With a plethora of mobile marketing technologies to choose from, how do you find the right fit for your organization? In Part 2 of a series, columnist Scott Rayden lays out the elements you need to build a strong mobile strategy.
This CMO audit series sets out to provide insight into the six most significant growth drivers in marketing: customer journey, marketing technology, growth channel mix, user experience, devices and analytics. (If you didn’t catch Part 1, on the customer journey, catch up now.) Today’s post will focus on technology.
As recently as a few years ago, when social was still underutilized, desktop reigned over mobile, third-party data hadn’t yet exploded, and marketing technology was fairly low on the list of fundamentals of a great digital strategy. It used to be that technology, as it relates to marketing, was better served to provide support to teams and purely help with scale.
Today, the landscape is dramatically different: technology continues to take more of a front-and-center role. As ever, technology is only as good as the people using it, but the capabilities it can deliver have never been more important, as companies of all sizes strive to tackle the incredible complexity of today’s marketing climate.
The advancement of marketing technology specific to mobile devices has left most companies scrambling to figure out what they should be using and how they should be using it. It’s become a larger part of an internal marketing team’s role (as well as the supporting agency’s job) to help figure this out. With thousands of mobile marketing technology companies to choose from, the big question is where the starting point should be and how you should approach it.
I’ve always viewed marketing technology in two ways: internal or external. Internal focuses on making your internal marketing organization more efficient and effective and includes functions like reporting, tracking, organization, channel management, attribution, automation, predictive and testing. External focuses purely on the customer — specifically on what customers do, who they are, and what they want and why.
Success with mobile-focused technology comes from the right balance of internal and external technology. So where should you start? Let’s look at some great entry points that will create a strong foundation on which to grow your mobile practice. Rather than listing a hundred companies and creating more ambiguity, I’ll simplify things and take a short-list approach to where you can start.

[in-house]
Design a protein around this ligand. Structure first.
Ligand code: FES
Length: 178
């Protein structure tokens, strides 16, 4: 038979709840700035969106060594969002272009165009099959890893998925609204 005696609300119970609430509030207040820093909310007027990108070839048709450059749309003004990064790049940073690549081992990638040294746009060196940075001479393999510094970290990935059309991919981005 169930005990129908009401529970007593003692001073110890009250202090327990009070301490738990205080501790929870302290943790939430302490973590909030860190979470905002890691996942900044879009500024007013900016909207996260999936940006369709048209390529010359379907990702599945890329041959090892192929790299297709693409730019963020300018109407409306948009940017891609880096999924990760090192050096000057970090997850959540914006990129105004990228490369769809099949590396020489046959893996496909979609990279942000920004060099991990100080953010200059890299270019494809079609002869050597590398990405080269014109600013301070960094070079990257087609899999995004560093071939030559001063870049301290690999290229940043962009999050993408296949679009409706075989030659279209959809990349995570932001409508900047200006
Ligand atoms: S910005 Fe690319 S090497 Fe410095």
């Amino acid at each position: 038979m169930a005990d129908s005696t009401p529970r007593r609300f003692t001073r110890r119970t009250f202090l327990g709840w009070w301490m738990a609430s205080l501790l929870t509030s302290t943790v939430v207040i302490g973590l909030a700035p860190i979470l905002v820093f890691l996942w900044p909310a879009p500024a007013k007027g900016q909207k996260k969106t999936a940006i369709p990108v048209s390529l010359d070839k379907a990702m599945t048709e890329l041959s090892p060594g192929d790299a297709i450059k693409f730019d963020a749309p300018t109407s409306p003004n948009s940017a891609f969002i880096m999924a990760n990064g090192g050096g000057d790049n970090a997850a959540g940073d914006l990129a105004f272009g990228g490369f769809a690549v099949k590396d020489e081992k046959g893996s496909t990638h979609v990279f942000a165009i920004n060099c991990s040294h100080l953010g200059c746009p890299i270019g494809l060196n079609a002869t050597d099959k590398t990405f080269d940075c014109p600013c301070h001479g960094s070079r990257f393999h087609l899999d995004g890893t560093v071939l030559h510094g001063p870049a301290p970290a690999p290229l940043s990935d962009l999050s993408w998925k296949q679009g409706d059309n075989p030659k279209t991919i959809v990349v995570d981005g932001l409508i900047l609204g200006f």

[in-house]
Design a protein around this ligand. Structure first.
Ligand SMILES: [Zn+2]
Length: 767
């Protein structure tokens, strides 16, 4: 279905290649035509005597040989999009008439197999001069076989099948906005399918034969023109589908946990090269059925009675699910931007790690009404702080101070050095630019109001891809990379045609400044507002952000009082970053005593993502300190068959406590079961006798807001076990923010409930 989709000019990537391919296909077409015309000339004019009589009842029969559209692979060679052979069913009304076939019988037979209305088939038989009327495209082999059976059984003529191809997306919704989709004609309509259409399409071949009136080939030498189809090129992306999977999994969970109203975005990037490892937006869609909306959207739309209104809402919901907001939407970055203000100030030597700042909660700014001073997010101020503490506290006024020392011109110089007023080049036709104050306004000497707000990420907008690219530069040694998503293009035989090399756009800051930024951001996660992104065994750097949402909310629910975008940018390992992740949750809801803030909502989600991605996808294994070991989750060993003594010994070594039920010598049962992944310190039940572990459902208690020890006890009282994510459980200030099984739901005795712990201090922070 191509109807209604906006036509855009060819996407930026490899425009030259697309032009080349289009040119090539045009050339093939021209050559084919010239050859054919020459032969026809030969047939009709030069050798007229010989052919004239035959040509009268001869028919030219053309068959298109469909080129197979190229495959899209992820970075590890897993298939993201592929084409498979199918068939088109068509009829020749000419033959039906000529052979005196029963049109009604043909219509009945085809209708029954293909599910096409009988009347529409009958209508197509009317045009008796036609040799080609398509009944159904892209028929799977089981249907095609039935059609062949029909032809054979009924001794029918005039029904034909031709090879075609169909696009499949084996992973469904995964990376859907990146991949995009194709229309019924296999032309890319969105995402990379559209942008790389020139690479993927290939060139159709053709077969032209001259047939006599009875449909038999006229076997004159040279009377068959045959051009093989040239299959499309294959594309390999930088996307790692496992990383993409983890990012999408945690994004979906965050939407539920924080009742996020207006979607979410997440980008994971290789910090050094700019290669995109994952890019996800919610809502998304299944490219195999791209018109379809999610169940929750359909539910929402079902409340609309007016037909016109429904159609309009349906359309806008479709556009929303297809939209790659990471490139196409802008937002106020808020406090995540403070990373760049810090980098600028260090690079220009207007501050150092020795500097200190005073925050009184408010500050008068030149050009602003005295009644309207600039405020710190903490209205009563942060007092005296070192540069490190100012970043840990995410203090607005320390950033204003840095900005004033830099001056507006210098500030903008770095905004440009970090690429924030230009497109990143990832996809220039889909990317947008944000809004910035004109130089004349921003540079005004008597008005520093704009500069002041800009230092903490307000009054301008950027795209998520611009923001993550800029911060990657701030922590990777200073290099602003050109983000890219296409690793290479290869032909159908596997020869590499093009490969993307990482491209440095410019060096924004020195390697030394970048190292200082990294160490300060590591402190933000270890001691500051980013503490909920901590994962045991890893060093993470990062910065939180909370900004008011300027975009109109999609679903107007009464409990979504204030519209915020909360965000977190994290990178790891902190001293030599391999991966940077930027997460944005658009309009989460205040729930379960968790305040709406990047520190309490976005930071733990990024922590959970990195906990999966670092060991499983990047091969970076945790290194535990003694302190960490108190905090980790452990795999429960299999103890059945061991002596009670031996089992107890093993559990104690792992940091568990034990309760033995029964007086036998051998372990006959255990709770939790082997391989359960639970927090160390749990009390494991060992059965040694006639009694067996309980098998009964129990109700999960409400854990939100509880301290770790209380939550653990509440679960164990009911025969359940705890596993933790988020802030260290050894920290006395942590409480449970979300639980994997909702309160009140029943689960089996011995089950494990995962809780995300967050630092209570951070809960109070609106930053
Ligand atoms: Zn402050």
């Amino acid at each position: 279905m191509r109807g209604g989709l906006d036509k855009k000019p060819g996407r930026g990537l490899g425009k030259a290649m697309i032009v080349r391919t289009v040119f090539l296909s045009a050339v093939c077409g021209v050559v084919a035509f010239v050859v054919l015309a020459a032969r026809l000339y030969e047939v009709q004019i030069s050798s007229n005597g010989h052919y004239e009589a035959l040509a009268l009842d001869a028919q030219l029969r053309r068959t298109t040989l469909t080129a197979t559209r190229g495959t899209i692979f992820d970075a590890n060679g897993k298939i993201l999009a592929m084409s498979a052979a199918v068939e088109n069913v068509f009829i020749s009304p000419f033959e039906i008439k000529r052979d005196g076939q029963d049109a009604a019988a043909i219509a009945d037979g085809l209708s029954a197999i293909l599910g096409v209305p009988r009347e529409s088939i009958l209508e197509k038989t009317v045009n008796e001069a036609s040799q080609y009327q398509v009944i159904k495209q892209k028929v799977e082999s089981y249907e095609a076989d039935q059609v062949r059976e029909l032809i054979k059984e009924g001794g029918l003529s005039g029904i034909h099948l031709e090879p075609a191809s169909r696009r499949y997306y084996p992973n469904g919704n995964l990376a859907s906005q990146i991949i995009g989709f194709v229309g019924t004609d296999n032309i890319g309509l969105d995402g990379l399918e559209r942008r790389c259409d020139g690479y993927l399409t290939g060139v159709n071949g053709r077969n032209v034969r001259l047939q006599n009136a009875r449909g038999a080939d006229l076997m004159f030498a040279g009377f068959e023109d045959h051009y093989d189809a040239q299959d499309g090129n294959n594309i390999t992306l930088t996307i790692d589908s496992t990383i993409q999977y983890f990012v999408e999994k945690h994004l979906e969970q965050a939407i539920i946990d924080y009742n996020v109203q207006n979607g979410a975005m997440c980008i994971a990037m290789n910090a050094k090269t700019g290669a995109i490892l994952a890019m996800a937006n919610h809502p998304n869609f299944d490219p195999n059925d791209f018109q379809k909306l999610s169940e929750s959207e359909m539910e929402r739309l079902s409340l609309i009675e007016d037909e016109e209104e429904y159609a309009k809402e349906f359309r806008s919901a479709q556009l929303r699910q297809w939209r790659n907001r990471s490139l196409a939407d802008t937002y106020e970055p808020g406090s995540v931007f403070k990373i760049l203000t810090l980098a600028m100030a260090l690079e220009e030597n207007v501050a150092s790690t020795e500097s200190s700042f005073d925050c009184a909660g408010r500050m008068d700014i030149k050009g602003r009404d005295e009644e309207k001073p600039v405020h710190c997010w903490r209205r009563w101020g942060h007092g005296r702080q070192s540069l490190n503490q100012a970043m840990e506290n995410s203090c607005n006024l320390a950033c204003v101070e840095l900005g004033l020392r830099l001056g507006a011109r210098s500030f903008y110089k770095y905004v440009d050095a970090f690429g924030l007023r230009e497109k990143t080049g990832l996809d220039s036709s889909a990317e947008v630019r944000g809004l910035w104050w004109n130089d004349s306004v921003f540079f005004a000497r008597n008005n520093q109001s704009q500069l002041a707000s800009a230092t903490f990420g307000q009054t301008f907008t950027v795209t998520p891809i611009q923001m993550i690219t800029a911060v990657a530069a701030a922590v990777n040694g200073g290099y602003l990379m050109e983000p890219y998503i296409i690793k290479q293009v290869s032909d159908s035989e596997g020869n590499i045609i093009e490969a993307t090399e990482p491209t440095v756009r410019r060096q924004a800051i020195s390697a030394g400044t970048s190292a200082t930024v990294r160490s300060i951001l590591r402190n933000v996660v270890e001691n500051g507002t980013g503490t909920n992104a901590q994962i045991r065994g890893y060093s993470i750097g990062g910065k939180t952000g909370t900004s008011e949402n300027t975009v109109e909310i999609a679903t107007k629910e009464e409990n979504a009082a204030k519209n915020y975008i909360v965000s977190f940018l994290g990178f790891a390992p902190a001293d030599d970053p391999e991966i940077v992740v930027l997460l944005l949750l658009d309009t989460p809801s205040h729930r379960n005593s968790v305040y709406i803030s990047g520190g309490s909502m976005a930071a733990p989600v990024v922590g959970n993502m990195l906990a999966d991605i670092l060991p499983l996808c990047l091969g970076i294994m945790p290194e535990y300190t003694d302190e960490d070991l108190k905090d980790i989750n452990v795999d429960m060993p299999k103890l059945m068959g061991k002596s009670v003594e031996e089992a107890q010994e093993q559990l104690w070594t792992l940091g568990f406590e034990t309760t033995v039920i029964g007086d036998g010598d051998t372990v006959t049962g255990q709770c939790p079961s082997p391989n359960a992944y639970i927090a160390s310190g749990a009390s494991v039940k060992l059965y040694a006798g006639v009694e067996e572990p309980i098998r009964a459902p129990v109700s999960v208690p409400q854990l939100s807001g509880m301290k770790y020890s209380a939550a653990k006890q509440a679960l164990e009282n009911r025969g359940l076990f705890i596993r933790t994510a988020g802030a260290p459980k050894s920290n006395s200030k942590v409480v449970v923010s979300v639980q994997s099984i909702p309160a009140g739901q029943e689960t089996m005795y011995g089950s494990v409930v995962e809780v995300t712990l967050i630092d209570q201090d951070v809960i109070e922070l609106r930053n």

DMPs (internal and external)
We use a DMP (data management platform) to understand our clients’ audience and purchaser composition (through demographic, financial, professional, psych, and in-market data, as well as other data sets), which we then use to define audiences for targeting across channels such as social, Display (DSPs) and mobile networks.
Examples of DMPs include Lotame, Adobe and BlueKai.
Mobile attribution (internal)
Similar to desktop attribution, we use these mobile attribution platforms to understand the cross-channel impact across all of our mobile app install and re-engagement campaigns.
Examples of mobile attribution platforms include AppsFlyer, Tune, Kochava and Adjust. We can then plug this data into Convertro to help us measure and attribute campaign performance across mobile and desktop devices, television and other channels to view users in a unified platform.
Behavioral analytics (internal and external)
We use this technology to understand how users navigate app screens and use app functionality; this helps us better understand barriers, fall-out and conversion funnels. Then we can identify where we can improve user experiences to drive lifts in conversions, similar to the way that we would look at web content consumption, navigation, conversion and so on.
Examples of these platforms include Localytics, Amplitude, MixPanel and Google’s Firebase.
Competitive analytics (external)
One tech company that’s really caught my eye of late is Acumen, which is an AI-powered competitive intelligence platform that can simulate human activity on your app. You can use it to reverse-engineer competitive onboarding flows and lifecycle marketing campaigns, as well as get new ideas to test from competitor or aspirational brands.
This type of intelligence is a no-brainer for any company running a mobile application as a core part of their business.
App store intelligence (internal, external)
The leaders in this space are AppAnnie and Sensor Tower (more on the latter below). AppAnnie provides great app store research and intelligence into historical app store rankings, ratings, reviews, keywords and much more.
App store optimization (internal, external)
App store optimization requires tools for keyword research and tools for A/B testing creative. Sensor Tower and TUNE are great keyword research tools that help you understand traffic volume of keyword queries on the App Store, and StoreMaven allows you to test creatives to improve conversion optimization on your app store page — app icon, screen shots, video and so on.
Some of these technology buckets aren’t specific to mobile; DMPs and behavioral analytics can have a tremendous impact on marketing performance across devices. But in a world where mobile traffic is far outstripping desktop (and will continue to widen the gap), my recommendation is to prioritize the mobile technology combination that can unlock growth at all stages of the customer journey.
- Part 1: Customer journey — the greatest strategic need
- Part 2: Untangling the web of mobile technology
- Part 3: Media channels (it’s not what you think)
- Part 4: The convergence of UX and performance marketing
- Part 5: The rise of digital assistants
- Part 6: Analytics
Some opinions expressed in this article may be those of a guest author and not necessarily Marketing Land. Staff authors are listed here.
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